You'll notice we didn't spend a lot of time on discussing the outcome of some of our benchmarks in retrospect to their Windows counterparts. The Windows tests are not quite the same as our Linux ones in all cases, making it hard to draw accurate conclusions between operating systems. On the other hand, we have left a lot of not-so-subtle hints as to our feelings concerning performance between the two. Benchmarks like the DVD transcoding performed poorer on Linux but we noticed tighter disparity between the single core and dual core chips.
The distinctions between the AMD and Intel hardware in these benchmarks should be very apparent. At the time of this publication the prices of each processor (from RTPE) tested were as follows:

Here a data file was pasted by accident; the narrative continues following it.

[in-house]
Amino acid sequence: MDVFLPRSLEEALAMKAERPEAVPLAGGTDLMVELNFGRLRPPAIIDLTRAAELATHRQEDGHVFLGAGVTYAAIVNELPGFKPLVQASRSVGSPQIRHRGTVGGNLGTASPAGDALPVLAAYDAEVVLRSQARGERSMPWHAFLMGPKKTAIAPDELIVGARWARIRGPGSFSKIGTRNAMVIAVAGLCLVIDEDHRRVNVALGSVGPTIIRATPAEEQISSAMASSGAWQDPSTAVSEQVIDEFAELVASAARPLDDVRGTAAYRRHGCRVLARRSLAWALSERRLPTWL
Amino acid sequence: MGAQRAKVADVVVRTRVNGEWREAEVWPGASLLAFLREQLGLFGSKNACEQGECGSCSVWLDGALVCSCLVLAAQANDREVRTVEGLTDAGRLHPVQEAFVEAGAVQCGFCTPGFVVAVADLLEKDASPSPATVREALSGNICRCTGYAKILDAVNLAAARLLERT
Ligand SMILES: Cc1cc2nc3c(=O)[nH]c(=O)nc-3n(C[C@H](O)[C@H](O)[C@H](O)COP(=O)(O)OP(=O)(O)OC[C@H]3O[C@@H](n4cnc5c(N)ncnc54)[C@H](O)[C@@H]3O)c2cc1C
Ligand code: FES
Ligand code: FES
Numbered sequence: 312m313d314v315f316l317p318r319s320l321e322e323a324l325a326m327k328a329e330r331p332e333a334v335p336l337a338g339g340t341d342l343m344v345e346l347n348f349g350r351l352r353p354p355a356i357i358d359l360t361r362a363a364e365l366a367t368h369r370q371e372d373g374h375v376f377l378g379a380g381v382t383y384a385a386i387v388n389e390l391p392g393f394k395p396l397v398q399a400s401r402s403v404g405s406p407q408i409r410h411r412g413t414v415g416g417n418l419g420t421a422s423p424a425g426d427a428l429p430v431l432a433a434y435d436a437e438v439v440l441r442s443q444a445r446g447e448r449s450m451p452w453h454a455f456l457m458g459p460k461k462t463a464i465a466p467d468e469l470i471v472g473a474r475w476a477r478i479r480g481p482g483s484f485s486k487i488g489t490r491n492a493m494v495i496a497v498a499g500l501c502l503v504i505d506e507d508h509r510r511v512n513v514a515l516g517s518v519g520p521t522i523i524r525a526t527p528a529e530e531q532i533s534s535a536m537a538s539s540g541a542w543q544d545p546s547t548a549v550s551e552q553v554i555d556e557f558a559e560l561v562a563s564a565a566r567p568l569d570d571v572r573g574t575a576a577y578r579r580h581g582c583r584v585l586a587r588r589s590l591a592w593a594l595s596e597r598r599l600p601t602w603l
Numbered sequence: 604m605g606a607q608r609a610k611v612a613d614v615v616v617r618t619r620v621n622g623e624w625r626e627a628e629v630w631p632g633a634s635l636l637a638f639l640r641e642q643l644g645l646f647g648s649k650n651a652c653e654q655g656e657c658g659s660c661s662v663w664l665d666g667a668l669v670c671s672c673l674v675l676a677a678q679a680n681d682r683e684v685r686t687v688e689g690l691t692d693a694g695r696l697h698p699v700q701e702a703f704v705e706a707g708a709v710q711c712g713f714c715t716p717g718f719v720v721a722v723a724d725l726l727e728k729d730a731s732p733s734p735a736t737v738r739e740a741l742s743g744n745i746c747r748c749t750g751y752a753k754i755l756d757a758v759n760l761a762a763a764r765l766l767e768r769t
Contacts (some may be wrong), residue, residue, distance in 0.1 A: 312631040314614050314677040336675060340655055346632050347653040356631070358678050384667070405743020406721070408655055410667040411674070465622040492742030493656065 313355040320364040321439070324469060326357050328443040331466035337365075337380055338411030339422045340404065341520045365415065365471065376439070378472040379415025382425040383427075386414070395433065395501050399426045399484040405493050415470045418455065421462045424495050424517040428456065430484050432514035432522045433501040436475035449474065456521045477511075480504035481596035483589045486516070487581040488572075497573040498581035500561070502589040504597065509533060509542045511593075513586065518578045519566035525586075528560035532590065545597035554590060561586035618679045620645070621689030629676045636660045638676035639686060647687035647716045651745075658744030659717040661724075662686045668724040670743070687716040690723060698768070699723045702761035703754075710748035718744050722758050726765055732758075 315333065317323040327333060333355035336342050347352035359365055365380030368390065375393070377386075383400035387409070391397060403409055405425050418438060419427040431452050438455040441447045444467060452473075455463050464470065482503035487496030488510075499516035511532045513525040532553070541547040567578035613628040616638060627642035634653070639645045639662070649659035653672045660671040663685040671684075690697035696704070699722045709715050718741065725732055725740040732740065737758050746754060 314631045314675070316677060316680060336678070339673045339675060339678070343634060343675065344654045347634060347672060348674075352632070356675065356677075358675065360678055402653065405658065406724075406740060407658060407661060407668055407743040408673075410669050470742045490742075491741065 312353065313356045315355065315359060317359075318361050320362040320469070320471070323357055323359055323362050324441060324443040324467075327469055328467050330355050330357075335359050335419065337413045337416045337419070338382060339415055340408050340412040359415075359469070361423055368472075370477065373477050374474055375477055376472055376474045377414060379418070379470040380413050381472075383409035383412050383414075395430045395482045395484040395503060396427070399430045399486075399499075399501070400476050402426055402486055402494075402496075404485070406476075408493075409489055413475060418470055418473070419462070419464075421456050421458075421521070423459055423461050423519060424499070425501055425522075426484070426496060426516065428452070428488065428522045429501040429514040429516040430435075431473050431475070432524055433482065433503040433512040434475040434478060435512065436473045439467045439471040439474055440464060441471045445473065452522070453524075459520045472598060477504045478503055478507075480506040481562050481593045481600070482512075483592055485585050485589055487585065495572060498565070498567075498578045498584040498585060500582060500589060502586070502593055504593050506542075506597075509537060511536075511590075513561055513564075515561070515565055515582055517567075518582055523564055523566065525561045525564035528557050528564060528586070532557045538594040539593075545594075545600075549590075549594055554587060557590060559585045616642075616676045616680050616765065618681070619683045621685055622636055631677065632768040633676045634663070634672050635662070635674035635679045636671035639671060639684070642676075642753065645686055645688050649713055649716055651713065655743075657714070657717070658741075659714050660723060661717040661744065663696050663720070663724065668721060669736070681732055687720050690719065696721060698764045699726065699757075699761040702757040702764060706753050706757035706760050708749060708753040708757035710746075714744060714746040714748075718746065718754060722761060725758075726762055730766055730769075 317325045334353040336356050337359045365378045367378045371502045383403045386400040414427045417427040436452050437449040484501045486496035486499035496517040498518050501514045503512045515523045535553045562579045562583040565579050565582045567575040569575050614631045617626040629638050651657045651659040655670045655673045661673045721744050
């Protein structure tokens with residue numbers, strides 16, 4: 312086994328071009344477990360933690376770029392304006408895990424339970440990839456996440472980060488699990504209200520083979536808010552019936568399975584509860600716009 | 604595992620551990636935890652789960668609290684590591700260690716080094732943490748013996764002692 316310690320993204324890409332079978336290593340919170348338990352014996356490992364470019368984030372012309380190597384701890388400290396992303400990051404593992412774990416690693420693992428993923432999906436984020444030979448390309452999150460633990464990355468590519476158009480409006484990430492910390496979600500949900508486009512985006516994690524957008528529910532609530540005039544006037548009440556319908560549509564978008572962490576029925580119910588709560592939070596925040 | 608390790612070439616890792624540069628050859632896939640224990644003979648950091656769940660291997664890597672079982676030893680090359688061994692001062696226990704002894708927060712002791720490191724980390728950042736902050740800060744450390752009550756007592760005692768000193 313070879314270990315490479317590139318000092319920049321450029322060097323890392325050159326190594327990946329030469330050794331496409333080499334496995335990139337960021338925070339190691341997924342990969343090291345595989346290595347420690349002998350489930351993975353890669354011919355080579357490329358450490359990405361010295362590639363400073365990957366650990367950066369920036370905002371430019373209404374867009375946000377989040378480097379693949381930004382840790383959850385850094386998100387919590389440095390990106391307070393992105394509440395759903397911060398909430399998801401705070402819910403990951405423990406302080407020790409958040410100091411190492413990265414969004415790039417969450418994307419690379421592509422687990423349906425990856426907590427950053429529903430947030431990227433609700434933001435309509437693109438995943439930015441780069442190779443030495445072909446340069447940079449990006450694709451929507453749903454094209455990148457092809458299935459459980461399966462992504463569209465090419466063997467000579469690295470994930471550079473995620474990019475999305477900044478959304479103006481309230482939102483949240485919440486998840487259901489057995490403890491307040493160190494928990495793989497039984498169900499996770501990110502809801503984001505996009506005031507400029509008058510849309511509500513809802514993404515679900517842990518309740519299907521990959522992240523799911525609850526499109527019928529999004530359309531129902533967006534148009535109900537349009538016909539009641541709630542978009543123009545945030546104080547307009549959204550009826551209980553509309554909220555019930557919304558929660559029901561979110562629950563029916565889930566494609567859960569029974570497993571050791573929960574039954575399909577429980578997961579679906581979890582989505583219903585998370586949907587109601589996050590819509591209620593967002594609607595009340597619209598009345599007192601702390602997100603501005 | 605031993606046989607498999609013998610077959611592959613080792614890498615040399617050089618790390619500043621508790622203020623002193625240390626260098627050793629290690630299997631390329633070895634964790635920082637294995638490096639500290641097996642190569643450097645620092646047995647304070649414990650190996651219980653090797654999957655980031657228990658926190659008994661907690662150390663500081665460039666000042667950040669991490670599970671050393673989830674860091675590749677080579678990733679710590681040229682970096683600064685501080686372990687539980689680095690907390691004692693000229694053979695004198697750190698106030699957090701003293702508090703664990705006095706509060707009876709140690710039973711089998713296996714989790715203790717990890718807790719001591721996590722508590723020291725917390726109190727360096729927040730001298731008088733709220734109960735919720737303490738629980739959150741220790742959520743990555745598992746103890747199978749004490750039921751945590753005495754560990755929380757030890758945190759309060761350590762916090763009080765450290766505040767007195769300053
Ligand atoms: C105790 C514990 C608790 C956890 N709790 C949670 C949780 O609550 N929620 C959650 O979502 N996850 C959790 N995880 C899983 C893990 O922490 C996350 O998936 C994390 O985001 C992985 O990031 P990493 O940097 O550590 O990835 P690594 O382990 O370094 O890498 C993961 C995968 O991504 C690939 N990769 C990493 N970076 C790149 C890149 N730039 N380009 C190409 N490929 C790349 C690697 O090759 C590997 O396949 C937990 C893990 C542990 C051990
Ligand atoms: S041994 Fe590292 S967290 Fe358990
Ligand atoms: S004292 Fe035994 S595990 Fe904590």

Pentium D 840 - $558.00
Pentium D 820 - $251.50
Pentium 4 660 - $613.00
Pentium 4 640 - $272.00
Athlon 64 X2 4200+ Manchester - $540.00
Athlon 64 3800+ Venice - $367.00
Athlon 64 3500+ Venice - $267.00
Some benchmarks, like the Doom3 analysis, proved excessively in AMD's favor. This also happens to be true in single core and Windows benchmarks, so it's hard to really call this a design win for AMD on just Linux. There were other instances where AMD had a running start and never looked back, like the last Neverwinter Nights benchmark on the previous page. Intel came out ahead in all three of our first benchmarks; which was certainly an interesting refresh as well.
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